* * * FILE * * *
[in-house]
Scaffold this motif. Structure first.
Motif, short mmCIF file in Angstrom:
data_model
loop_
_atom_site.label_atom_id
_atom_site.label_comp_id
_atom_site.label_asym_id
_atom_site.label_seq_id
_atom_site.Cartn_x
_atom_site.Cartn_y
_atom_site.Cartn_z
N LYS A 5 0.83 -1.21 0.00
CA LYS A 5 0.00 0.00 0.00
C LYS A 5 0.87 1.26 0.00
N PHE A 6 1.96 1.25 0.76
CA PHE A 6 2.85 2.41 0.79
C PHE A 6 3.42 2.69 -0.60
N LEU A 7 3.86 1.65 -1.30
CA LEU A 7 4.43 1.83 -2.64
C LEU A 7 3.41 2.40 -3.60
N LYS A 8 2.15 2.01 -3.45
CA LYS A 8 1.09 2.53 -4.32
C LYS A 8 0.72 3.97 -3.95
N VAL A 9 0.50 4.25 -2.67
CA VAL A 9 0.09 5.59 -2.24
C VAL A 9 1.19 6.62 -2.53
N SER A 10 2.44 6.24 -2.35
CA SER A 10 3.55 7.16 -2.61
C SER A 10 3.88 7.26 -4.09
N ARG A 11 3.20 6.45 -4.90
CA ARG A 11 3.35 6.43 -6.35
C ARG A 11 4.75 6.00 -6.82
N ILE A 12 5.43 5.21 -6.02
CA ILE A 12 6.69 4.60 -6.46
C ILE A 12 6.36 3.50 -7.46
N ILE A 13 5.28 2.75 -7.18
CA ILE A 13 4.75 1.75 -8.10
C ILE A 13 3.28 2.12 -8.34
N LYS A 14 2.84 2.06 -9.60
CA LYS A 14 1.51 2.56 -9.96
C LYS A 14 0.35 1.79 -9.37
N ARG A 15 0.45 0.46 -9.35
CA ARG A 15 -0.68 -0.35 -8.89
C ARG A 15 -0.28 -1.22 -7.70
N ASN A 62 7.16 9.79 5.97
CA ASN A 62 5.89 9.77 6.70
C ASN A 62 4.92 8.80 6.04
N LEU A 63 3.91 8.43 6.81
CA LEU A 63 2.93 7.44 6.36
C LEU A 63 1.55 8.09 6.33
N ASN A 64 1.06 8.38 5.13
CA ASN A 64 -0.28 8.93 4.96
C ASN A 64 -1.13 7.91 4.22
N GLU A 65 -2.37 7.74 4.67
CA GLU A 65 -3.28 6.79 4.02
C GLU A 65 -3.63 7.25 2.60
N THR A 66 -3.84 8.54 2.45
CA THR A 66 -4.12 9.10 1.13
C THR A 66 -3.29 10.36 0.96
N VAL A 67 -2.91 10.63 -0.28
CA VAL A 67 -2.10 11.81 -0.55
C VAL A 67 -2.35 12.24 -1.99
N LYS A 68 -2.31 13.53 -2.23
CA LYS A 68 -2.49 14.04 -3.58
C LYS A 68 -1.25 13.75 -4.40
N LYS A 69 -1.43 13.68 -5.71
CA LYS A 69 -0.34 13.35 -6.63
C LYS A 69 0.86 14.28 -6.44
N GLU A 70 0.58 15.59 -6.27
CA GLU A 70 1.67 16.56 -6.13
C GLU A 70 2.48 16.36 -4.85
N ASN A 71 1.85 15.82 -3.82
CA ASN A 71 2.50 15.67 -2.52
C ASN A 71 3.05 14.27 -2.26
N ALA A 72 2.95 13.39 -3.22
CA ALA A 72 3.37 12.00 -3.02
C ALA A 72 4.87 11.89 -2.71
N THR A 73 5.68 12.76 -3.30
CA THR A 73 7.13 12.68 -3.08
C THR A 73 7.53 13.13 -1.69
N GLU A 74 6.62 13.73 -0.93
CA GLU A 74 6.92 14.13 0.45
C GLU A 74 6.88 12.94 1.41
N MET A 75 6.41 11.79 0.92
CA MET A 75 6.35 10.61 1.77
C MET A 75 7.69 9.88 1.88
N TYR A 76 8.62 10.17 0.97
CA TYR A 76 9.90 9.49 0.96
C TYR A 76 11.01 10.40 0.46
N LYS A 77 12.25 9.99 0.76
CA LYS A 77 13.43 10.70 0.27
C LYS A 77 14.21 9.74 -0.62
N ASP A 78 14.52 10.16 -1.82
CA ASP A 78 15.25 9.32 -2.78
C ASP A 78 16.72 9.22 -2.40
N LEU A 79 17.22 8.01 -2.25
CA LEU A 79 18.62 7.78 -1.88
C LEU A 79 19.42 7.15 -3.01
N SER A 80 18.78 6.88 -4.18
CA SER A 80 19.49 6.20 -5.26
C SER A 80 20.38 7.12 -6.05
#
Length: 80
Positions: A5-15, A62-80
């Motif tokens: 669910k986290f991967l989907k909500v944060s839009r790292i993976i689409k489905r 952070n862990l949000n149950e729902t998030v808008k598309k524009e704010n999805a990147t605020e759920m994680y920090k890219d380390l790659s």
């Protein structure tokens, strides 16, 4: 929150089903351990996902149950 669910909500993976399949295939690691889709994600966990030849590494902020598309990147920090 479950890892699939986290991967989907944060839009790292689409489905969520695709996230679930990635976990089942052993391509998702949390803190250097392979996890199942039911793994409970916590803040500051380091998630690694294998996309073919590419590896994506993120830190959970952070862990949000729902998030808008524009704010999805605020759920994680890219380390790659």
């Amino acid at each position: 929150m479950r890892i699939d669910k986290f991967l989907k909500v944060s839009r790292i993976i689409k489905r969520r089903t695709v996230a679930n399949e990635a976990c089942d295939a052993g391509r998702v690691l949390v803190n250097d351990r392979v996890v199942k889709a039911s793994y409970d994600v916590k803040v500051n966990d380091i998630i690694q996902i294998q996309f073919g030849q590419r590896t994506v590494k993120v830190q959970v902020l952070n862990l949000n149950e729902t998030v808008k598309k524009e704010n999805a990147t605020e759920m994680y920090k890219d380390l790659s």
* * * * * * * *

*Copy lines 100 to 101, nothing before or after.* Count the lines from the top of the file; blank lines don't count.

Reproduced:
N SER A 80 18.78 6.88 -4.18
CA SER A 80 19.49 6.20 -5.26